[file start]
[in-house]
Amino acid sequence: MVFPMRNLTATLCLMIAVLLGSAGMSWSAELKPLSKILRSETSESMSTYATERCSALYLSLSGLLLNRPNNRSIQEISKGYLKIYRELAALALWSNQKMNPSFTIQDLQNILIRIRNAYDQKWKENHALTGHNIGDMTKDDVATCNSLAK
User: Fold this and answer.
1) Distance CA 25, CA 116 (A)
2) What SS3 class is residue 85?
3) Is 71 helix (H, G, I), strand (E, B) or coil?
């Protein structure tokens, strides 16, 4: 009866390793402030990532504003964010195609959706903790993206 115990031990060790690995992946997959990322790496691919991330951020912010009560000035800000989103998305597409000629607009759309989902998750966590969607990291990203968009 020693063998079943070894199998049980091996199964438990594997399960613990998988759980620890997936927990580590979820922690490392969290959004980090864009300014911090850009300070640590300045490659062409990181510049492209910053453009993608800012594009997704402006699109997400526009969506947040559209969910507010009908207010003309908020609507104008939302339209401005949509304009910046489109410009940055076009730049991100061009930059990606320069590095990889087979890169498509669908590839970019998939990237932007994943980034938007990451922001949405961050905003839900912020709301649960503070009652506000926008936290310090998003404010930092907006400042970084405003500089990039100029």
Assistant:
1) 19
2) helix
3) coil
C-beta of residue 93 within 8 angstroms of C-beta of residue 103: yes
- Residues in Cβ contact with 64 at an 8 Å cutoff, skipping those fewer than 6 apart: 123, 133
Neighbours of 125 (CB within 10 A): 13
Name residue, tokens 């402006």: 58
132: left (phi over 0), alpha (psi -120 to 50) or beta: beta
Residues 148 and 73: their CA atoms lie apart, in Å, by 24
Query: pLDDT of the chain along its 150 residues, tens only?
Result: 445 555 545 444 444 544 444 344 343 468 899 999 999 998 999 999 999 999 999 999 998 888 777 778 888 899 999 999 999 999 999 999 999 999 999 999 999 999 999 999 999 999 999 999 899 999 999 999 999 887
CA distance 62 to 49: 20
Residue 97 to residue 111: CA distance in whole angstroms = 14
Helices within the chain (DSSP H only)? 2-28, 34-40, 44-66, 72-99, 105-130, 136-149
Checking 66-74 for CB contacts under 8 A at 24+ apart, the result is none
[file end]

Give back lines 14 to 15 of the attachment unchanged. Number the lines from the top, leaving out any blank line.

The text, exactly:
Neighbours of 125 (CB within 10 A): 13
Name residue, tokens 């402006």: 58